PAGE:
USA Today recently published an article about the hot water that Lifestyle Lift is in for “deceptive advertising.” This eventually ended in a settlement where the cosmetic surgery company agreed with the Florida Attorney General to change specific marketing practices, follow the FTC guidelines on testimonials, and to stop calling their facelift a “revolutionary procedure.”
It’s not entirely clear what Lifestyle Lift did wrong. The office for Florida Attorney General Pam Bondi did not elaborate. Bondi merely stated, “Lifestyle Lift has agreed to change its marketing materials and practices to eliminate any possible consumer confusion about its services,” after last week’s settlement was reached.
Lifestyle Lift’s deception in its description of the procedure is at the heart of the matter. USA Today had previously reported on this back in 2011, noting that Lifestyle Lift claimed their procedure was “painless” and had a “quick recovery time,” when patients were complaining of the opposite. Furthermore, it’s been alleged that models were compensated for promoting Lifestyle Lift.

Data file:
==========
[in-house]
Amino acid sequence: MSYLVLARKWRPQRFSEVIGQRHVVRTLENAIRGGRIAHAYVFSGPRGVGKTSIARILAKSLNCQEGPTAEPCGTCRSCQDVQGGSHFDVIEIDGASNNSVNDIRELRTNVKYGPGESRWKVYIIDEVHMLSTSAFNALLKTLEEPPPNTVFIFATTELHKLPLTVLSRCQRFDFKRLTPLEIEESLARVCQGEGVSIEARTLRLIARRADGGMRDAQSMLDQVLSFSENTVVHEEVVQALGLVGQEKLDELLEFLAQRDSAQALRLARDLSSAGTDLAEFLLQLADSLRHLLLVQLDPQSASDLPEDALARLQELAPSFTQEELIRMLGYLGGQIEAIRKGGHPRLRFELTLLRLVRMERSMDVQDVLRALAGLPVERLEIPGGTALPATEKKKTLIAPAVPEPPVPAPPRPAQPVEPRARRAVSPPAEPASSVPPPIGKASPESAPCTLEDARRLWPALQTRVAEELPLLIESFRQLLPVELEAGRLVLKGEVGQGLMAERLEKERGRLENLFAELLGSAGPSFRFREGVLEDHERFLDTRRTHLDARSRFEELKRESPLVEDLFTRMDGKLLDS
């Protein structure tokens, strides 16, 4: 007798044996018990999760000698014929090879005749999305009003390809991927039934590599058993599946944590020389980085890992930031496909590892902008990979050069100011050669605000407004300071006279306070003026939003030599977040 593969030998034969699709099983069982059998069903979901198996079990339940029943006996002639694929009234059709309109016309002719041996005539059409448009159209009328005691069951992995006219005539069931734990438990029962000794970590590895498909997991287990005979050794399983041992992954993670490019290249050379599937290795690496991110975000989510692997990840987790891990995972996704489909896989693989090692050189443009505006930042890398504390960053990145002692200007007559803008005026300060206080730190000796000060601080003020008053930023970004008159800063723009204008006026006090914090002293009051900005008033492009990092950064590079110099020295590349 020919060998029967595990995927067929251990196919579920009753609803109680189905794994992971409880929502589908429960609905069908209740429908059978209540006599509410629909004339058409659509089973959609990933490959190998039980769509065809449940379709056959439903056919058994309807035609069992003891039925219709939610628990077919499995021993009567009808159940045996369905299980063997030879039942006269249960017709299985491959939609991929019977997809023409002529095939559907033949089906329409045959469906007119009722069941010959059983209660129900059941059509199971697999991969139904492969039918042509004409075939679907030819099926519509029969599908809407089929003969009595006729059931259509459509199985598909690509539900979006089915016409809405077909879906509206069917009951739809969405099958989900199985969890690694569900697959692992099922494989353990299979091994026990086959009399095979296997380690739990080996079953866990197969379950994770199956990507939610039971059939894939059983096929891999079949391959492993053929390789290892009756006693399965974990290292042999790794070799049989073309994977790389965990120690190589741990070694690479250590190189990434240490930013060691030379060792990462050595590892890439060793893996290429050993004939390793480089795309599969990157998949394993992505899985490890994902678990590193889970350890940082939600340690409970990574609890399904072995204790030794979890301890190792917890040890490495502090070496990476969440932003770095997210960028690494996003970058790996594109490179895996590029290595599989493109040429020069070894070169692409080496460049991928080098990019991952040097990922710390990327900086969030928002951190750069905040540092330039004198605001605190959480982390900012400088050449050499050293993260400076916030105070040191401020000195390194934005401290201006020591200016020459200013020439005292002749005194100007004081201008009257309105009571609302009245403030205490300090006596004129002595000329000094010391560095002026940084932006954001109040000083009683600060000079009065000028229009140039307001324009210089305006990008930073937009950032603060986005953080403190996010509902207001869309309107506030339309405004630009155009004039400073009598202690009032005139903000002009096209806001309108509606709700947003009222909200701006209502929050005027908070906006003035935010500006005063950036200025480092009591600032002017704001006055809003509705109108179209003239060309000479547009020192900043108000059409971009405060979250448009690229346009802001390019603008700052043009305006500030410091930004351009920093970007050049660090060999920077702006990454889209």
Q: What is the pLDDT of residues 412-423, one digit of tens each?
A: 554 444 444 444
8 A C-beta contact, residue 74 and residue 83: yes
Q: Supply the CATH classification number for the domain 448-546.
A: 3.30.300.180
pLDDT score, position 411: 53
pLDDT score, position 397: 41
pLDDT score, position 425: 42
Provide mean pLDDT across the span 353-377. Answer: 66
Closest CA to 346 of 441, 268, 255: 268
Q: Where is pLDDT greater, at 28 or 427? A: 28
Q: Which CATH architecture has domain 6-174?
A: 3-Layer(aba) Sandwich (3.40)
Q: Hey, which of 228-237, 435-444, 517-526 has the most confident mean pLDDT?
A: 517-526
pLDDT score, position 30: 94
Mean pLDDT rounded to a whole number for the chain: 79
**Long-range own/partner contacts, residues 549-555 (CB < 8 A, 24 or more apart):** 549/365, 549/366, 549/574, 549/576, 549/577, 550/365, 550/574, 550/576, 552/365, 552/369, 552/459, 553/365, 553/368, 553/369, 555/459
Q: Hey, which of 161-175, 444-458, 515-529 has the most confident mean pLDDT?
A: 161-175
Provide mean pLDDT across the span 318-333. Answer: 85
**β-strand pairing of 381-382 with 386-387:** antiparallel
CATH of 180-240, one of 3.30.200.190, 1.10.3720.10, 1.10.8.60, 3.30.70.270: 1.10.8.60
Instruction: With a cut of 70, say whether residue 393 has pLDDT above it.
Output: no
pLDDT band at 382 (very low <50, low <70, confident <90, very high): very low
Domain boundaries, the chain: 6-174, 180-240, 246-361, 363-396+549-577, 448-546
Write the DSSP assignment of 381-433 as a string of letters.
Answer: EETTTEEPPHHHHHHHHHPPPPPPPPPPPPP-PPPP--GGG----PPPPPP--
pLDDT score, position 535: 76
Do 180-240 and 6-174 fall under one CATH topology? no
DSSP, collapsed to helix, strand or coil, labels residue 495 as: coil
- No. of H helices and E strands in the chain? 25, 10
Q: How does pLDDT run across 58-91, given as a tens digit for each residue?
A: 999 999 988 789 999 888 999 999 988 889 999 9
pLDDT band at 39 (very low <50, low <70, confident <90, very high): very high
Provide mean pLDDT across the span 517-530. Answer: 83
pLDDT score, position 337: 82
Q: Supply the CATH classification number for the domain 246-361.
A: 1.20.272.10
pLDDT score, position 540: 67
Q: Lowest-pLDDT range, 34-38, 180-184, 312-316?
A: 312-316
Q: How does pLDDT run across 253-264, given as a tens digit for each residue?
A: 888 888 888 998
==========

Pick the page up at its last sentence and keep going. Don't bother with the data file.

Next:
Miami plastic surgeon (and Turbo Social Media client) Dr. Adam Rubinstein sums it up nicely, “It’s a disappointing result for an investigation into practices of Lifestyle Lift that have knowingly been deceiving potential patients.”
This situation is not unlike the situation facing many medical spas right now. A couple weeks ago I published an article about how many states are cracking down on their regulation of med spas. The heart of that debate is med spas misrepresenting their procedures, skills or experience.
Cosmetic practices of all shapes and sizes should take a step back from this and really analyze their marketing. How truthful are you being? Are you being misleading in any way? Setting expectations is the key to any business, but it’s even more important in the medical field where people are literally “under the knife.”